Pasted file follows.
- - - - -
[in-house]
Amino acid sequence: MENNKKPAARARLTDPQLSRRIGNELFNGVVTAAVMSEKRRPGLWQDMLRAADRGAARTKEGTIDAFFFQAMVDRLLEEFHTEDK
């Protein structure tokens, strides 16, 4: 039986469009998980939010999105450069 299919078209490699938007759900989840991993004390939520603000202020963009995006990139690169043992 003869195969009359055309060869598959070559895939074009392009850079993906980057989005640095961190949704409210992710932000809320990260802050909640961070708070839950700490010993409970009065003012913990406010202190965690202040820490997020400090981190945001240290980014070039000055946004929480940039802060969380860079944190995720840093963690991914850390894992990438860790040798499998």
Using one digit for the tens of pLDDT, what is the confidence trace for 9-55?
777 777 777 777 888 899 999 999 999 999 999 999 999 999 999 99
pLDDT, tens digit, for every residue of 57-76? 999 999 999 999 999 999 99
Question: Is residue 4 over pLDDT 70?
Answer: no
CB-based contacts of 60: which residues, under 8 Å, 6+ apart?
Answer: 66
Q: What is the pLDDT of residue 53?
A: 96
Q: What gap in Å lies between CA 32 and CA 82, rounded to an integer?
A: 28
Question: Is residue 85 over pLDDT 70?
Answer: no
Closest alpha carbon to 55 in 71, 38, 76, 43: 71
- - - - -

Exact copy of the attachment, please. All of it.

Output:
[in-house]
Amino acid sequence: MENNKKPAARARLTDPQLSRRIGNELFNGVVTAAVMSEKRRPGLWQDMLRAADRGAARTKEGTIDAFFFQAMVDRLLEEFHTEDK
């Protein structure tokens, strides 16, 4: 039986469009998980939010999105450069 299919078209490699938007759900989840991993004390939520603000202020963009995006990139690169043992 003869195969009359055309060869598959070559895939074009392009850079993906980057989005640095961190949704409210992710932000809320990260802050909640961070708070839950700490010993409970009065003012913990406010202190965690202040820490997020400090981190945001240290980014070039000055946004929480940039802060969380860079944190995720840093963690991914850390894992990438860790040798499998």
Using one digit for the tens of pLDDT, what is the confidence trace for 9-55?
777 777 777 777 888 899 999 999 999 999 999 999 999 999 999 99
pLDDT, tens digit, for every residue of 57-76? 999 999 999 999 999 999 99
Question: Is residue 4 over pLDDT 70?
Answer: no
CB-based contacts of 60: which residues, under 8 Å, 6+ apart?
Answer: 66
Q: What is the pLDDT of residue 53?
A: 96
Q: What gap in Å lies between CA 32 and CA 82, rounded to an integer?
A: 28
Question: Is residue 85 over pLDDT 70?
Answer: no
Closest alpha carbon to 55 in 71, 38, 76, 43: 71